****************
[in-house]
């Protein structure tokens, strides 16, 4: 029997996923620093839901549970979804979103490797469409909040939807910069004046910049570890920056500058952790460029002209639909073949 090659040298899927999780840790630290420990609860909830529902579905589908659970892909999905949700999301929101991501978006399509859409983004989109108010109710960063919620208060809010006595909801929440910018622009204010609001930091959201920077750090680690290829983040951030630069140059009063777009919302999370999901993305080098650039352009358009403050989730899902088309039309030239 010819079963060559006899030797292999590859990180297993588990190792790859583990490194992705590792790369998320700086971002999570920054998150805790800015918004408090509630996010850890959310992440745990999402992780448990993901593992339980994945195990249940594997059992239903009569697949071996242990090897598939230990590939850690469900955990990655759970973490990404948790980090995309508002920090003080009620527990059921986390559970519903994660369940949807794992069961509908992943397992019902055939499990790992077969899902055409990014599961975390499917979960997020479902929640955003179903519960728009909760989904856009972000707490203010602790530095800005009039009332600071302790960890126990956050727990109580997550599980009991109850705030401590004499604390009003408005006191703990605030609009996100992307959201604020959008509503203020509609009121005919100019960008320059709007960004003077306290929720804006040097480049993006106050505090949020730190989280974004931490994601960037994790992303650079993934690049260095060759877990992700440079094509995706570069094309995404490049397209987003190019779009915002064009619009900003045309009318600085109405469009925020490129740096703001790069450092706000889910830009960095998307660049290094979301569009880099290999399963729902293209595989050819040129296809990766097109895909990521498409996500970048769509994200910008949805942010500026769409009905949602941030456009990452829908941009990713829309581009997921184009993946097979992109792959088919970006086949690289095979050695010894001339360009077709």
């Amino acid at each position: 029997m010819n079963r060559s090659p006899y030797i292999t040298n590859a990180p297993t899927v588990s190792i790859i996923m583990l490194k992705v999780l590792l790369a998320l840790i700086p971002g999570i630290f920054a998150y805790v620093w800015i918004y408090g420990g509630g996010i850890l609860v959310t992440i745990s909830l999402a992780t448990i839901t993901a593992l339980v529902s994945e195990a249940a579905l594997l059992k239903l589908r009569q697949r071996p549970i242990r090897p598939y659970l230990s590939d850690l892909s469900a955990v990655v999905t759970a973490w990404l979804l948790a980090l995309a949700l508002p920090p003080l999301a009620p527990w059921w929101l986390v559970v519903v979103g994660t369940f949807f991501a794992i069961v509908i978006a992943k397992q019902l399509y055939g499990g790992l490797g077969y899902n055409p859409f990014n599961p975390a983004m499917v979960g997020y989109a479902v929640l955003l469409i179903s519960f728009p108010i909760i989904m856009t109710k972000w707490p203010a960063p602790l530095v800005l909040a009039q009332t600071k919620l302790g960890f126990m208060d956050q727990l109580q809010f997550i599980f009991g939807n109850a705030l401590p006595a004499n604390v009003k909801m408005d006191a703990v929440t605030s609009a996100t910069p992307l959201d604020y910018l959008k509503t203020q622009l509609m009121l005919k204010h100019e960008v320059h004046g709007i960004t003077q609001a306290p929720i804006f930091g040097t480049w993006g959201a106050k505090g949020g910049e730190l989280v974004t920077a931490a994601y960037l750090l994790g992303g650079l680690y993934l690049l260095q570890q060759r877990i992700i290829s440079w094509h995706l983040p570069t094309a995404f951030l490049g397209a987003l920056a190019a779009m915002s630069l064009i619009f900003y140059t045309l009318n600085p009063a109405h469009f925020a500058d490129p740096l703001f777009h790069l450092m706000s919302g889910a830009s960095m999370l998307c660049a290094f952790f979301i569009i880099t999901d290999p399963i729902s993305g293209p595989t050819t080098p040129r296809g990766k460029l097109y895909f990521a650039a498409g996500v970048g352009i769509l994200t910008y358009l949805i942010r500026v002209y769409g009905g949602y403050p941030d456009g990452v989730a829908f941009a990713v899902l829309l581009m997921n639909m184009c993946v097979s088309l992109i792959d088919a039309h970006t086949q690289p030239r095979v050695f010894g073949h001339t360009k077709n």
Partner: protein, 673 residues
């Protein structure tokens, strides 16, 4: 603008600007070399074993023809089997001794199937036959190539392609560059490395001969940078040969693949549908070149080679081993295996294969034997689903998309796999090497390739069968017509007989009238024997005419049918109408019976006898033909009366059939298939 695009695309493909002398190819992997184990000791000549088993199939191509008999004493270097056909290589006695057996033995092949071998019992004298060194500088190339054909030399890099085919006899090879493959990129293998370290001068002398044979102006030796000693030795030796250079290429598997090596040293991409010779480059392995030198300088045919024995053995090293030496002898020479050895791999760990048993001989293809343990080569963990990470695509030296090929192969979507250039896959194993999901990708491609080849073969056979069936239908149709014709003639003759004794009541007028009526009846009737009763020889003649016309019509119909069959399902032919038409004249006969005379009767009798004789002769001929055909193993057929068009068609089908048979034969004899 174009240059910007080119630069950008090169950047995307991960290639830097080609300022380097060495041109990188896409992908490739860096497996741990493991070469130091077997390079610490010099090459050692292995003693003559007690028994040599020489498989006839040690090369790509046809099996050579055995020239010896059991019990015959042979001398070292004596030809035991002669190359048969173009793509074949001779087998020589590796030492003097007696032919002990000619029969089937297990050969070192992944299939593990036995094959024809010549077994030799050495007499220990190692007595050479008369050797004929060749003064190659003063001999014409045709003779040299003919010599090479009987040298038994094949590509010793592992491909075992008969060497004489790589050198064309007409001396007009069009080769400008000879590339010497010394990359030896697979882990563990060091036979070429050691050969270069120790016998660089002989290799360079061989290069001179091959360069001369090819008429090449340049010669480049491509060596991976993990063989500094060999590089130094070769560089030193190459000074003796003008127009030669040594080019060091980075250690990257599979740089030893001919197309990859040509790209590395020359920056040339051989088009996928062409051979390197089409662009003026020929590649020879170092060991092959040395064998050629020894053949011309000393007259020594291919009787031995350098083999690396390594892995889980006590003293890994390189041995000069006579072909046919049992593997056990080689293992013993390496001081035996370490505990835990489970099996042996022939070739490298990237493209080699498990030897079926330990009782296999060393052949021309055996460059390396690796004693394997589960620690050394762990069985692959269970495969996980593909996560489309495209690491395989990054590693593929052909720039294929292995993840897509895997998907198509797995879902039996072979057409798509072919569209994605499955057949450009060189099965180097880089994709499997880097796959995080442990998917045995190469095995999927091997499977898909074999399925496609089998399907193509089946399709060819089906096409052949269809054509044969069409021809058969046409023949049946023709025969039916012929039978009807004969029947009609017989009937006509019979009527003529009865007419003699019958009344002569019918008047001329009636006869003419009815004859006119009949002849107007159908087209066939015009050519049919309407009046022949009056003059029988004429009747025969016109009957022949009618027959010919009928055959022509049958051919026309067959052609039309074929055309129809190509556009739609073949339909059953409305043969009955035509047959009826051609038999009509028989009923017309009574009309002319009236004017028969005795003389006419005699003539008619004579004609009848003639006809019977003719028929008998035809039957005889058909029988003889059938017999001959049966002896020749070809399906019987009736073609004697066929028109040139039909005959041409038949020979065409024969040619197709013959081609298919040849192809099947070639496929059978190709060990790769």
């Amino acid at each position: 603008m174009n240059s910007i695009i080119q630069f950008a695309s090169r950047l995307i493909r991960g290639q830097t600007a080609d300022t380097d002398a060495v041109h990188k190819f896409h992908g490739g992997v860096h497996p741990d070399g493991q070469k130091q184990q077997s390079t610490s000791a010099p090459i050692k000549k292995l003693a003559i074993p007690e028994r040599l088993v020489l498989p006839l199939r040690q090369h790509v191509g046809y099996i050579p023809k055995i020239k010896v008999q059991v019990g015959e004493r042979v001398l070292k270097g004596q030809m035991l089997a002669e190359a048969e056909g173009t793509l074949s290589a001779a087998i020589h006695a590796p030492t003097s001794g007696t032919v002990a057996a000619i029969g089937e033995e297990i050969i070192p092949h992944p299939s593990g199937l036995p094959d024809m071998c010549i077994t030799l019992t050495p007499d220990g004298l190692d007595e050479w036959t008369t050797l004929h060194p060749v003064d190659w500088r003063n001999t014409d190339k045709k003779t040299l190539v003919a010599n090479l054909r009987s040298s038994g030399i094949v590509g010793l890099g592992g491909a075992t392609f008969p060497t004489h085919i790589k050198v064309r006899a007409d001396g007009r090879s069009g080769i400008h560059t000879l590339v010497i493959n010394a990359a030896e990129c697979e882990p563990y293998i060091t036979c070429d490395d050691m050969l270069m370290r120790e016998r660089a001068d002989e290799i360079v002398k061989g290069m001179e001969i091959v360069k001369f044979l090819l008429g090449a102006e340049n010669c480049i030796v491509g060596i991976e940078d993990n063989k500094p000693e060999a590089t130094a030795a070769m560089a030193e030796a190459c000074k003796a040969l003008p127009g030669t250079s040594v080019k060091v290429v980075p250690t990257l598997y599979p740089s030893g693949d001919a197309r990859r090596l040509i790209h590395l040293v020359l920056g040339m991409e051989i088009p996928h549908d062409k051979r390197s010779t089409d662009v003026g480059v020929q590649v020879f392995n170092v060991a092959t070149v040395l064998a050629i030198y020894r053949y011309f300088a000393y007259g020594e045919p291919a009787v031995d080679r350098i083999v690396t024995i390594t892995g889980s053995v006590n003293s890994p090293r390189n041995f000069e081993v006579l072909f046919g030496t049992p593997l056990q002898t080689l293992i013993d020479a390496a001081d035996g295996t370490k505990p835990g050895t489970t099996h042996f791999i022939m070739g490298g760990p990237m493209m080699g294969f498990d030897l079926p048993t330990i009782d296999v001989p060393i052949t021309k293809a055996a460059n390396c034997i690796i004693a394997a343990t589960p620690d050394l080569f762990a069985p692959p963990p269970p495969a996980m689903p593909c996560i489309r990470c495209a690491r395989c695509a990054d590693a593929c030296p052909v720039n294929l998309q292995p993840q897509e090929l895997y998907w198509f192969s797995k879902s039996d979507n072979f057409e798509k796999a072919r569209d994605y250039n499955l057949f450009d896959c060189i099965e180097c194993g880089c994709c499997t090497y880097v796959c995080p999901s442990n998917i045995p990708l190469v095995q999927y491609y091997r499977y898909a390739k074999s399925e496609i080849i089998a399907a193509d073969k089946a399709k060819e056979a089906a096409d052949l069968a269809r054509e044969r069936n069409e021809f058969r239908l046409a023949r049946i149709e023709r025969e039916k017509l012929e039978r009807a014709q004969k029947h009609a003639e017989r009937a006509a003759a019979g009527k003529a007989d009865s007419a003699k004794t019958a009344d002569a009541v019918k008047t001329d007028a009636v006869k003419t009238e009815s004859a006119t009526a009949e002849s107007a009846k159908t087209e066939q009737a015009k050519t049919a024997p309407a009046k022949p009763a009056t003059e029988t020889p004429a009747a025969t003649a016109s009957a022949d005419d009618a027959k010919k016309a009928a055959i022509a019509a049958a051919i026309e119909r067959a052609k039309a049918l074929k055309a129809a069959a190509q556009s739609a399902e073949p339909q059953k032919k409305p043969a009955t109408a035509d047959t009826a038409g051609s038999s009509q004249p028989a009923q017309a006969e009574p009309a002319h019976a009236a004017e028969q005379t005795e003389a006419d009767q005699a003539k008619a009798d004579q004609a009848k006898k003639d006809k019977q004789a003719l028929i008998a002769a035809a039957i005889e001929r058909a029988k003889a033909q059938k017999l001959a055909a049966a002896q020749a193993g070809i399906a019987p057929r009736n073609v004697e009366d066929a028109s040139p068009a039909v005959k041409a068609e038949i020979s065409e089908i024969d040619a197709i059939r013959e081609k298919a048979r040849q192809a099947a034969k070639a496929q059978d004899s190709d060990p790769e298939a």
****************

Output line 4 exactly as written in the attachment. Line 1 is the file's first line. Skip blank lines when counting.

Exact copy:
Partner: protein, 673 residues